A group of scholars primarily associated with the University of Chicago began to challenge many of the fundamental tenets of US antitrust law in the 1950s. This movement—which became known as the Chicago School of Antitrust Analysis—profoundly altered the course of American antitrust scholarship, regulation, and enforcement. Antitrust law became increasingly informed by economic theories with formalistic per se rules giving way to a case-by-case assessment of the economic effects of firm conduct. Many previously established antitrust doctrines—from the challenging of vertical mergers to the per se treatment of several forms of unilateral conduct by monopolies—were gradually reversed as a result. Although antitrust scholars may disagree on the appropriateness of the Chicago School ideas, few would question the profound influence those ideas have had on US antitrust policy.
What is not known, however, is the degree to which Chicago School ideas influenced the antitrust regimes of other countries. Anecdotal examples indicate a complex picture. For instance, several countries recognize an efficiency defense—ie efficiency-driven justifications used to approve an otherwise anti-competitive merger—in assessing the competitive effects of mergers. This practice is very much in line with the Chicago School ideas. But at the same time, enforcement against unilateral conduct of dominant firms remains vigorous in many jurisdictions, including the EU. This practice is in tension with the Chicago School view that unilateral conduct rarely calls for an antitrust intervention. Moreover, Chicago Scholars also strongly condemned the use of antitrust laws for redistributive ends or the promotion of industrial policy. For them, it would be disconcerting to learn that several countries list the promotion of employment or of national industries as a goal of antitrust laws or evaluate mergers based on whether they advance ‘public interest’.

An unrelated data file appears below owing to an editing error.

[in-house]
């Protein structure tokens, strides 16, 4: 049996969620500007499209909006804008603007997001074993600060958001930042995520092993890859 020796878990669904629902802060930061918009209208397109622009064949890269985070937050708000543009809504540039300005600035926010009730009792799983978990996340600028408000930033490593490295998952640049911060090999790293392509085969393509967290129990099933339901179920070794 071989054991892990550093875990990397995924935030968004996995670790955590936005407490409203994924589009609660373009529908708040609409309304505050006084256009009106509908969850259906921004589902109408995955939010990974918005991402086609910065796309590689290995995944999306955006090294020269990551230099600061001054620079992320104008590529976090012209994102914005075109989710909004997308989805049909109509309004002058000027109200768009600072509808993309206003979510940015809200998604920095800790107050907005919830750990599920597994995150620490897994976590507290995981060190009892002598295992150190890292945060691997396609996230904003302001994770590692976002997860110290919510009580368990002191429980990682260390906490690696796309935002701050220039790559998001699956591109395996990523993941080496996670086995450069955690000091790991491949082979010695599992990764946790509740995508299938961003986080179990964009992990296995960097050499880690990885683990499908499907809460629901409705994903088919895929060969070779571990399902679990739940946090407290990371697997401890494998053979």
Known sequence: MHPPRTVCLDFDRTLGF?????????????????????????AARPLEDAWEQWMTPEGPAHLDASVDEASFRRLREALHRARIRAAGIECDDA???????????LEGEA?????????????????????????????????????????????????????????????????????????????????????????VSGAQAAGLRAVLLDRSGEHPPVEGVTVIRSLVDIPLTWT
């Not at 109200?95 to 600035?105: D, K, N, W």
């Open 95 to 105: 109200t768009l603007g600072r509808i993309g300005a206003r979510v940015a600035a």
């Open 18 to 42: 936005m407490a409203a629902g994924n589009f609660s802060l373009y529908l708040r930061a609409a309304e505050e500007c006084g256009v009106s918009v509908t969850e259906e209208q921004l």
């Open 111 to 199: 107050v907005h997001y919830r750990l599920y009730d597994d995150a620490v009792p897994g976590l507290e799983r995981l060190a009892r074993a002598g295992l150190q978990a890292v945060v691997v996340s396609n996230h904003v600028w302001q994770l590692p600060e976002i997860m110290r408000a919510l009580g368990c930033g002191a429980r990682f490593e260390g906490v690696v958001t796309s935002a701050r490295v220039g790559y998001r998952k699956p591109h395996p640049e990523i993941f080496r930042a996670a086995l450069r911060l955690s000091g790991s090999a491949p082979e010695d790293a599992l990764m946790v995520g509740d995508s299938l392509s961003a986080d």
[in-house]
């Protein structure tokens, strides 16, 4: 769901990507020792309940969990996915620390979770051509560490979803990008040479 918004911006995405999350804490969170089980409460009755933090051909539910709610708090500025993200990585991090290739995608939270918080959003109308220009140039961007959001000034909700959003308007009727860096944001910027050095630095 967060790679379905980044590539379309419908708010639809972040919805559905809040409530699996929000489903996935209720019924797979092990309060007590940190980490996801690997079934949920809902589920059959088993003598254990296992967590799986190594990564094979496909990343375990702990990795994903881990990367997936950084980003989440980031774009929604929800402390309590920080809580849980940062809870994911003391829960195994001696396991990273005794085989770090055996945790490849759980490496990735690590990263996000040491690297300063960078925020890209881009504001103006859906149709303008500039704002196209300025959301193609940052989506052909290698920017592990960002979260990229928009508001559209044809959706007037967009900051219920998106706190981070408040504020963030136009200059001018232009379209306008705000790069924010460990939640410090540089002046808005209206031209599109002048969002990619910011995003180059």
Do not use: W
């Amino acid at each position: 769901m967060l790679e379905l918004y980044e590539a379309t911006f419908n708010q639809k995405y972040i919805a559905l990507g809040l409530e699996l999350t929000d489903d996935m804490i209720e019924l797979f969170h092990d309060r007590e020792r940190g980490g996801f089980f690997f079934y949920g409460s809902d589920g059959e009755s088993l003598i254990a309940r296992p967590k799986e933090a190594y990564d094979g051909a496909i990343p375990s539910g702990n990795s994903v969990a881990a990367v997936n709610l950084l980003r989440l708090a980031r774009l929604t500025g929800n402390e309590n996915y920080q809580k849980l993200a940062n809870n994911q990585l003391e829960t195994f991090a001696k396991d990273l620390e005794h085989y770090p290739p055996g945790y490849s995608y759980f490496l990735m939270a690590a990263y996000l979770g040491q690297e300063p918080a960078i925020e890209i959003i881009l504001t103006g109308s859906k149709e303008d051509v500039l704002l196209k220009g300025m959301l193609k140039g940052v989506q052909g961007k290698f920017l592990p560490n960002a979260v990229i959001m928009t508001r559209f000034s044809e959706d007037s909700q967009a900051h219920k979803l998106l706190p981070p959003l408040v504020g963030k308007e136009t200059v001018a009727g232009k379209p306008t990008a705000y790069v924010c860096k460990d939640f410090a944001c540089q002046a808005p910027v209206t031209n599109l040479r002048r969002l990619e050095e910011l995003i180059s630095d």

In a forthcoming paper in The University of Chicago Law Review, we seek to go beyond these anecdotes and empirically explore whether ideas embraced by the Chicago School diffused internationally. To do so, we leverage two novel datasets on antitrust regimes around the world. The first—the Comparative Competition Law Dataset—provides detailed coding on the provisions of the antitrust statutes of 131 jurisdictions from their first adoption through 2010. The second—the Comparative Competition Enforcement Dataset—provides data on the enforcement resources and activities of 112 antitrust agencies between 1990 and 2010. Together, these datasets (which we have recently made publicly available) provide a detailed picture of the world’s antitrust regimes across countries and over time.
Read more at Oxford Business Law Blog